Orbit Fab Supplies ISS With Water
Within a year of securing venture funding, Orbit Fab launched their hardware twice to the International Space Station (ISS) and supplied the station with water. Orbit Fab was awarded a contract with the ISS U. S. National Lab to test the key systems of their tankers in microgravity that include pumps, valves, and plumbing. Their in-space demonstration analyzed the effects of residual momentum and slosh in the tanks with various levels of propellant. Data gathered on both residual momentum and transferring of propellant between the two test-beds is critical for the development of their Generation-1 tanker.
Water was used for this propellant transfer demonstration as it is one of the most inert and easy to handle propellants available. Several companies offer satellite thrusters that use water as a propellant, among them is Cofounder Daniel Faber’s former company, Deep Space Industries, which was recently acquired by Bradford Space. Orbit Fab plans on offering a variety of storable propellants on orbit that includes water, xenon, green monopropellants, hydrazine, Nitrogen Tetroxide (NTO), and hydrogen peroxide.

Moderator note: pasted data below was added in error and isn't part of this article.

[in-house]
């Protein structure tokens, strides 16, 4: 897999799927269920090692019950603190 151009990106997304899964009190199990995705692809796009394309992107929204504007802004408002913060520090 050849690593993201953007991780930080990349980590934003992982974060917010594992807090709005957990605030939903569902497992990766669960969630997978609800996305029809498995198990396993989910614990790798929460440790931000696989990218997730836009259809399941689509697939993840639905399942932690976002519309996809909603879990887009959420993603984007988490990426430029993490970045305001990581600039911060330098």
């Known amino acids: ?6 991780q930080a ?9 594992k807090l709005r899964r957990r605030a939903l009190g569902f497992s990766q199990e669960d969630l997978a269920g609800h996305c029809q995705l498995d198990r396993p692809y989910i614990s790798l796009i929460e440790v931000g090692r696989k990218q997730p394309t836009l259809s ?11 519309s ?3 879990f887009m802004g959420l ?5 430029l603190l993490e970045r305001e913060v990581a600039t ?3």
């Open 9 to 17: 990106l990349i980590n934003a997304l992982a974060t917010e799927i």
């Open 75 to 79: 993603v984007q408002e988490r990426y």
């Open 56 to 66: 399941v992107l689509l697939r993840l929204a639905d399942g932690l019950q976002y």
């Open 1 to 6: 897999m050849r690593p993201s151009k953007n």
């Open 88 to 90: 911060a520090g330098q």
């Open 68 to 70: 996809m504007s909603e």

Following the success of the multi-day microgravity refueling demonstration, Kenneth Shields, COO of the ISS U.S. National Laboratory, said in a statement, “With their recent successful completion of in-orbit water transfer operations aboard the space station, Orbit Fab became the first private company to supply the ISS with water using its own proprietary refueling equipment and processes. This concept of operations was not previously conceived of in the original design of the ISS, thus demonstrating NASA’s flexibility and desire to accommodate private sector clients who are utilizing the ISS U.S. National Laboratory as a steppingstone to an industrialized Low Earth Orbit (LEO).”